29/04/14. 'A' post sections made and I made some basic steel formers for the sections and they look about right. Now just painting the parts that will be inaccessible after welding and tacking. I know some of this paint will burn where I need to gas weld but this is better than nothing. I am asking a local friend and welder to Mig some of the joins so need to get organised so he can do this in one visit.
I have decided to shelve the Ballamy set-up for now and fit a standard front axle but with an extra 2nd leaf added to help with the heavier engine.
The bonnet side panel usually just sits against a rubber bumper but I have added a Dzus fastener to keep it from vibrating.
These are the outer A post repair sections.




And this is the converter valence with details added to fill the gap at the front where wing meets the scuttle.


Now getting close to fitting all this metal and cant wait to get this finished. I have some Galvafroid been on the shelf for years so thought I would use this inside the inner wing panels where there is usually corrosion that cant be seen till it breaks out somewhere. Two or three coats should be good. it takes 24 hours to cure so I can do this in between easing the small dents out of the wings. One wing had apparently been used or tried in a rod before I got it near Taunton. I had to patch in a fair sized chunk of metal and match up to the louvres. I used the other wing as a pattern. This is the finished job.

The rusty areas are the new steel. Louvres still need some tidying but it will all look better for a coat of primer.
 

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Discussion Starter #51 (Edited)
A panel and A post all welded and now just skimming with filler where my hand work is not up to scratch.

This is a strong section and should last many years. Now its smoothed off have given it a blast of etch primer.


The inner wing section will get a few coats of satin chassis black to match the undersides of the wings. Now all the welding is done I can fit the plastic drain tube that runs from the lower corners of the windscreen, down inside the A panel and out through the drain hole mentioned earlier.
I decided to carry on with the Ballamy suspension with encouragement from Tony Russell who wrote the Ballamy book "Out in Front". It still has one extra leaf so will see how it sits with all the panels etc fitted also how it rides before deciding whether to take one out. Its a bit bow-legged at present.

 

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Discussion Starter #53 (Edited)
Really nice tidy work :tup:
Thanks - all compliments gratefully received.

Now I must finish the running boards. I decided to cut a few inches off the back end, joddle it and make a new ready-made back end as this way I can more easily get the fit between the front and rear wings. The rubber top will be 6mm pitch square topped ribbed matting as this is the best match I can find to the original stuff. G. Baines - recommended supplier.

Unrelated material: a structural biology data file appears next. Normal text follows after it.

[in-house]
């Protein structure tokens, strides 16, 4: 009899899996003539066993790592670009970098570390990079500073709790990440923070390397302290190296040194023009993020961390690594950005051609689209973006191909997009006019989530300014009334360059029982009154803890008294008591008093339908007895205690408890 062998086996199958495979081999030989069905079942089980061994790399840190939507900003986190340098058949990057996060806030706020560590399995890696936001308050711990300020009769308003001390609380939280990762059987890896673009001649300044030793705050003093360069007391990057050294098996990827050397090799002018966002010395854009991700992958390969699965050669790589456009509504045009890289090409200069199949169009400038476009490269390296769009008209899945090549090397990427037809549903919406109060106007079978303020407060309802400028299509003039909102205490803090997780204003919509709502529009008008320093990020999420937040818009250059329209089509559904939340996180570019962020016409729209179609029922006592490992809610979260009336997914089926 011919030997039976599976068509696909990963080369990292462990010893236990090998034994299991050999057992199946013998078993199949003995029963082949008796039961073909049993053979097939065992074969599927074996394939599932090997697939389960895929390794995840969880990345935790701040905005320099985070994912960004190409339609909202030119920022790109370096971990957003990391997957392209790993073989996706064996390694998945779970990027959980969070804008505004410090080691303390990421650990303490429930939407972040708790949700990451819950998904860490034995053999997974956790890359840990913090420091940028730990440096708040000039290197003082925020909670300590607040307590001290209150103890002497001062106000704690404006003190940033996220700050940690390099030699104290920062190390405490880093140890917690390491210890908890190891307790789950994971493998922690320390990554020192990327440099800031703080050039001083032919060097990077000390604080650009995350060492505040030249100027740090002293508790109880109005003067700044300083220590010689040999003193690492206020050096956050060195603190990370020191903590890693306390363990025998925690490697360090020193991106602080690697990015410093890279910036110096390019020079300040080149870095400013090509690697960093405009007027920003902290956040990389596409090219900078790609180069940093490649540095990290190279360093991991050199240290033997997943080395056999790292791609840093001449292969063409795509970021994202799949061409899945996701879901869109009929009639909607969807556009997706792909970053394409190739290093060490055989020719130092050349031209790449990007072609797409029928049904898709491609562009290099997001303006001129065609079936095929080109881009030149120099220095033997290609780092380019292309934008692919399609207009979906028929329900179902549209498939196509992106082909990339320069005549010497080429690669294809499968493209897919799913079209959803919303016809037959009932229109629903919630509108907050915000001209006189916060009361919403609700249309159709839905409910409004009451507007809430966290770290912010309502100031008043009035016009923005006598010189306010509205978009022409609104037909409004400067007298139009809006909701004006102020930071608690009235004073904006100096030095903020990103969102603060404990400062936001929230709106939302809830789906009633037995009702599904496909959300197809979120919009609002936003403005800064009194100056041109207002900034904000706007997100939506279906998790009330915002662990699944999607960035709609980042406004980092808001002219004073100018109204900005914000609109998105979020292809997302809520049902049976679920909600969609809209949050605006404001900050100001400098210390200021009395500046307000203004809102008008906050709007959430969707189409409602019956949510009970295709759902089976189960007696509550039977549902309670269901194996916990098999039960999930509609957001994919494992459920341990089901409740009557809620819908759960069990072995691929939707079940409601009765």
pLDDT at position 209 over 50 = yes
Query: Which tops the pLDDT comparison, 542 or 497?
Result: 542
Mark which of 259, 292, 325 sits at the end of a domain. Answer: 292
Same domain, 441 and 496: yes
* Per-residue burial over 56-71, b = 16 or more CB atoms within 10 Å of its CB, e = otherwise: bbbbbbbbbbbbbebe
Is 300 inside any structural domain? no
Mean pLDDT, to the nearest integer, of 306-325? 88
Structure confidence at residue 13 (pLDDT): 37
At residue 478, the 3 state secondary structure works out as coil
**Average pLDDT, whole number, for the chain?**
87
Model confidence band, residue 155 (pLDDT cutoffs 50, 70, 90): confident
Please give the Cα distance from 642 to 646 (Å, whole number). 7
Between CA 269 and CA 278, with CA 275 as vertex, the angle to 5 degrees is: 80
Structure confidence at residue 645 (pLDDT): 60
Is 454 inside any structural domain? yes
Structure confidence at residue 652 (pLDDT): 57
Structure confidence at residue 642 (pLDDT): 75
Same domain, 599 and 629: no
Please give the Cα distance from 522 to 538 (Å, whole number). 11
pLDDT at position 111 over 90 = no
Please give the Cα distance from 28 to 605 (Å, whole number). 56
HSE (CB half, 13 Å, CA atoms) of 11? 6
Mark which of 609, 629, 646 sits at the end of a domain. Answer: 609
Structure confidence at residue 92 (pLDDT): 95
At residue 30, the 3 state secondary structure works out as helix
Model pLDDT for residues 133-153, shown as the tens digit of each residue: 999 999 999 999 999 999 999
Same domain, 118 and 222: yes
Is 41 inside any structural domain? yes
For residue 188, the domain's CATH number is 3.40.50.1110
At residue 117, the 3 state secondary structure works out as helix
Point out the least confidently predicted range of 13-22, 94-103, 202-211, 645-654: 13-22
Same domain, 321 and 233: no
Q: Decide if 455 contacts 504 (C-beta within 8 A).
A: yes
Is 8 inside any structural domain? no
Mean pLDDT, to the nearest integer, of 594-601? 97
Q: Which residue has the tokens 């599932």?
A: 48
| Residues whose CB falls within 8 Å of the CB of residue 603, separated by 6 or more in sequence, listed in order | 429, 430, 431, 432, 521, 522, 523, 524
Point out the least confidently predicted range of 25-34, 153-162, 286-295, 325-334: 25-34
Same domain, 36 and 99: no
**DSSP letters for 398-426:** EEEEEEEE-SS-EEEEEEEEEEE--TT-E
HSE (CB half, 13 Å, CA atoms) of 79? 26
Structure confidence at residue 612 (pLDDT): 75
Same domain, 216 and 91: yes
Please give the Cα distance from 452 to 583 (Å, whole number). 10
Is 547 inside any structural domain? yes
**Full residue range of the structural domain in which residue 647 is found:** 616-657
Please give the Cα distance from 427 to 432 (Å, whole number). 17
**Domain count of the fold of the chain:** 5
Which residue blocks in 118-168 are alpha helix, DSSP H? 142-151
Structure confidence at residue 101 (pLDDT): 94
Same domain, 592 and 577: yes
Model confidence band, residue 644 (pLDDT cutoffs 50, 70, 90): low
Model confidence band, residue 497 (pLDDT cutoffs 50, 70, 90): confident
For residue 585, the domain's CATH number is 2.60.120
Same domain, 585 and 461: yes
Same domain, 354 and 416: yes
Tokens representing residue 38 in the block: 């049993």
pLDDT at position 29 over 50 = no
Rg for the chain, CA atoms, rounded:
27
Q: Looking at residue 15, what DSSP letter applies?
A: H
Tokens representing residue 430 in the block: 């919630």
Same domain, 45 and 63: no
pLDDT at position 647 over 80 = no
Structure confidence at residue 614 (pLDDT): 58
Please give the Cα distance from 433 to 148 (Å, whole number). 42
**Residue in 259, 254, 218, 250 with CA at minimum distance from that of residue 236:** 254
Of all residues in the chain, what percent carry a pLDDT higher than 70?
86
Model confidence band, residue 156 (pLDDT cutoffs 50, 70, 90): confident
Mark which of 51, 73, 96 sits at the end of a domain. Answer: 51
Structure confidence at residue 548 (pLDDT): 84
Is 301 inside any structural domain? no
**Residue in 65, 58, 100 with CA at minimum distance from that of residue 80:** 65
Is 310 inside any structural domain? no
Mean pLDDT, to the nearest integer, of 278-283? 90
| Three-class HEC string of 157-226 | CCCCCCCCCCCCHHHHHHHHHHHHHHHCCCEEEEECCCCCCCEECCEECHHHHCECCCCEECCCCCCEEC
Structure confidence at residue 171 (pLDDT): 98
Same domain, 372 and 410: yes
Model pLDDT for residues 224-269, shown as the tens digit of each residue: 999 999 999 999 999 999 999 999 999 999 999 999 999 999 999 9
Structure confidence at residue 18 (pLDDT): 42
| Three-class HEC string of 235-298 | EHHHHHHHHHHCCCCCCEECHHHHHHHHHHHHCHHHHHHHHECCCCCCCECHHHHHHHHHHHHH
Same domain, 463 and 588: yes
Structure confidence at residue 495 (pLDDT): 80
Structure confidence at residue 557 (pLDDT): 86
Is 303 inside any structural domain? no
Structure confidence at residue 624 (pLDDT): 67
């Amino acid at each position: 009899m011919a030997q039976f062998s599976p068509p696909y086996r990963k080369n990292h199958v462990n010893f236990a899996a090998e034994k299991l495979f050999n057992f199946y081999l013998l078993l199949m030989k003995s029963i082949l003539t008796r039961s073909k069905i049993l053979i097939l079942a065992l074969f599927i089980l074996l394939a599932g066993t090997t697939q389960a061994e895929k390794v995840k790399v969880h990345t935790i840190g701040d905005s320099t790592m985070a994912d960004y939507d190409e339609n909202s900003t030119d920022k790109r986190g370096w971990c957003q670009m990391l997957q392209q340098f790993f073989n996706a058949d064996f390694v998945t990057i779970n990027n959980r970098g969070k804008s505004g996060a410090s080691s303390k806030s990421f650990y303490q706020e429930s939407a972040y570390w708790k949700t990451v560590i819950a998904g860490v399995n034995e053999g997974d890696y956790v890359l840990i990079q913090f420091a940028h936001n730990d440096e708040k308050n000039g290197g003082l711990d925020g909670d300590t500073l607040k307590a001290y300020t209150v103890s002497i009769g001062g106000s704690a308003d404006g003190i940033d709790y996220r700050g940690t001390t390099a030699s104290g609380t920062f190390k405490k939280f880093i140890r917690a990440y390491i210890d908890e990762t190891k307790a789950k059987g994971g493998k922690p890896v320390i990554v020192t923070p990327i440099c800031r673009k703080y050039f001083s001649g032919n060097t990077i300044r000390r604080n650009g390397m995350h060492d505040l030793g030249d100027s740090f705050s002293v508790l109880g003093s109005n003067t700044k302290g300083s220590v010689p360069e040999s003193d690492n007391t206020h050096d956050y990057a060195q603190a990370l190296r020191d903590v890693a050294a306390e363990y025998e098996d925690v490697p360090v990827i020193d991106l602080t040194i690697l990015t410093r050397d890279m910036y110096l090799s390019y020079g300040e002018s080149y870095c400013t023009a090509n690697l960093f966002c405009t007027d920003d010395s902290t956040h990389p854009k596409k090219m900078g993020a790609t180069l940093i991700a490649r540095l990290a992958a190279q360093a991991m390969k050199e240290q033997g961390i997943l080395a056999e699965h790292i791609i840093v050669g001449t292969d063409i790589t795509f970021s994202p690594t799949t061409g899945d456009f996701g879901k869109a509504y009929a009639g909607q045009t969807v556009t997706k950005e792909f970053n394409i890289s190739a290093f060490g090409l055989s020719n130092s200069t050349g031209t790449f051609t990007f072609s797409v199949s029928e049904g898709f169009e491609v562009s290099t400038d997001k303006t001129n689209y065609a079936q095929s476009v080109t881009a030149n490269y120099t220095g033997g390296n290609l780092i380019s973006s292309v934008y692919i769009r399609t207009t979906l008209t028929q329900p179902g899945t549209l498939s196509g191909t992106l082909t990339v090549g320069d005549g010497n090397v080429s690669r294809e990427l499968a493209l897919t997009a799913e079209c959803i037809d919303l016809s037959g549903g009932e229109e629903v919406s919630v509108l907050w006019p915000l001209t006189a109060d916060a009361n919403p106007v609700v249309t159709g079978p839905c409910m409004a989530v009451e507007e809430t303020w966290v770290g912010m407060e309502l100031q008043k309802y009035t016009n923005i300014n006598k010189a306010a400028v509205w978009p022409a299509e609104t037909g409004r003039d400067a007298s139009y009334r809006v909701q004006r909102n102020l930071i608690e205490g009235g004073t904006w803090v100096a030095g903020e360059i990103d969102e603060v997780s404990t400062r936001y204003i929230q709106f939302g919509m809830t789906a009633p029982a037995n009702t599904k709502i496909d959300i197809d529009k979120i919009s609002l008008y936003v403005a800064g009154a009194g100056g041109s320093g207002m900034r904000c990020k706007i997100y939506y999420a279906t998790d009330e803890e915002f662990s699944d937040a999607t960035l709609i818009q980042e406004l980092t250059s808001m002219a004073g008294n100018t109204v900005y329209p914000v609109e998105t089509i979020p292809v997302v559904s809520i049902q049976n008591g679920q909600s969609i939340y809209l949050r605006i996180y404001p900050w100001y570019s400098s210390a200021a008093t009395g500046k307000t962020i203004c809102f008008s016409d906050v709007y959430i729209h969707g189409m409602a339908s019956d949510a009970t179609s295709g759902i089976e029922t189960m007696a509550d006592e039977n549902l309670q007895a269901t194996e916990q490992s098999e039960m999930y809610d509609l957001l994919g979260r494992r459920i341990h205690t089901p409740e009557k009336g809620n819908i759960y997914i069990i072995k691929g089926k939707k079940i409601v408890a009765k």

27/06/14.

All I need now is ideal weather to spray the satin black chassis paint under the wings and the running boards. At this rate I wont have time for a holiday - sad.
29/08/14. Well, I did manage to get in a holiday hence not much progress for a couple of months (not all holiday).
And here's one of the running boards with its rubber overcoat.

 

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Discussion Starter #54 (Edited)
Mostly painwork to do now till winter puts a stop to it. The boot door that I got with the car had been painted and is in good nick but I want to change the colour. I want to avoid rubbing the edges back to bare metal so thats a question for the forum. All the fiddly bits like headlamps take time but getting there. My lamps, bought on ebay, were early Prefect E93A and in reasonable condition but with one difference to the post war ones - the base plate gimble was smaller so I opined that this was modified for a good reason. I managed to find two base gimbles from later lamps and luckily the rivet holes matched so they are now fitted using M5 button head screws. I still need one of the base mounting ally castings, the left one that has an 'L' cast on the base. I had some of the base mounts cast up but if I can find an original they can go back in the pot. Also need one of the hemi-spherical washers that fit on the mounting bolt and then they will be ready for painting.
Had a small success re-setting the rear offside door that had been poorly repaired in a previous accident before I got it. A g-clamp and a block of 2"x3" pulled the top in just about right using the B-pillar as a standard. Now all the doors fit and shut nicely having made oversize pins for 3 hinges. Sprayed the grill and the bumpers with a pearlised silver wheel paint bought ready to use.